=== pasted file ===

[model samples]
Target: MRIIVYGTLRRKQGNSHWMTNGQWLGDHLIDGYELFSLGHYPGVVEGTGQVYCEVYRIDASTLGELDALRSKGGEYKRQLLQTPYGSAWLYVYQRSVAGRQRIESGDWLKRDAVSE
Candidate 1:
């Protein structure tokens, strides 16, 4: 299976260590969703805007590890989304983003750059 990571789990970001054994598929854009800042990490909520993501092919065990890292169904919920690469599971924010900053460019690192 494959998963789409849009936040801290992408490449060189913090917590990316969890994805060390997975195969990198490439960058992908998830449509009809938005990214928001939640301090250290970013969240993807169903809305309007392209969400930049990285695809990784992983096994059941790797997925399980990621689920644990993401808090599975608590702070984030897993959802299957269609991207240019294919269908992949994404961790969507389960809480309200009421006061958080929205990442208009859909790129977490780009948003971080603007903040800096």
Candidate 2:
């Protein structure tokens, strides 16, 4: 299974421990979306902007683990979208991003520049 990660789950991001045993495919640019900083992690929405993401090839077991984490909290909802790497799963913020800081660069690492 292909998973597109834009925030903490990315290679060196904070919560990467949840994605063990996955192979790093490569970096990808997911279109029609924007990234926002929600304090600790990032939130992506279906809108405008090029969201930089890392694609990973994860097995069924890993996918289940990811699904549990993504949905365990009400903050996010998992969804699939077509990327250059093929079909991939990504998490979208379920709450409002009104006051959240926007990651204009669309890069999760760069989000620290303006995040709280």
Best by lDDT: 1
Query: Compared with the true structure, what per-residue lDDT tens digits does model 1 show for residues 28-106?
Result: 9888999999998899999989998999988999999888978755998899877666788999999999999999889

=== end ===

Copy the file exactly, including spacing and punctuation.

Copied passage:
[model samples]
Target: MRIIVYGTLRRKQGNSHWMTNGQWLGDHLIDGYELFSLGHYPGVVEGTGQVYCEVYRIDASTLGELDALRSKGGEYKRQLLQTPYGSAWLYVYQRSVAGRQRIESGDWLKRDAVSE
Candidate 1:
């Protein structure tokens, strides 16, 4: 299976260590969703805007590890989304983003750059 990571789990970001054994598929854009800042990490909520993501092919065990890292169904919920690469599971924010900053460019690192 494959998963789409849009936040801290992408490449060189913090917590990316969890994805060390997975195969990198490439960058992908998830449509009809938005990214928001939640301090250290970013969240993807169903809305309007392209969400930049990285695809990784992983096994059941790797997925399980990621689920644990993401808090599975608590702070984030897993959802299957269609991207240019294919269908992949994404961790969507389960809480309200009421006061958080929205990442208009859909790129977490780009948003971080603007903040800096």
Candidate 2:
């Protein structure tokens, strides 16, 4: 299974421990979306902007683990979208991003520049 990660789950991001045993495919640019900083992690929405993401090839077991984490909290909802790497799963913020800081660069690492 292909998973597109834009925030903490990315290679060196904070919560990467949840994605063990996955192979790093490569970096990808997911279109029609924007990234926002929600304090600790990032939130992506279906809108405008090029969201930089890392694609990973994860097995069924890993996918289940990811699904549990993504949905365990009400903050996010998992969804699939077509990327250059093929079909991939990504998490979208379920709450409002009104006051959240926007990651204009669309890069999760760069989000620290303006995040709280």
Best by lDDT: 1
Query: Compared with the true structure, what per-residue lDDT tens digits does model 1 show for residues 28-106?
Result: 9888999999998899999989998999988999999888978755998899877666788999999999999999889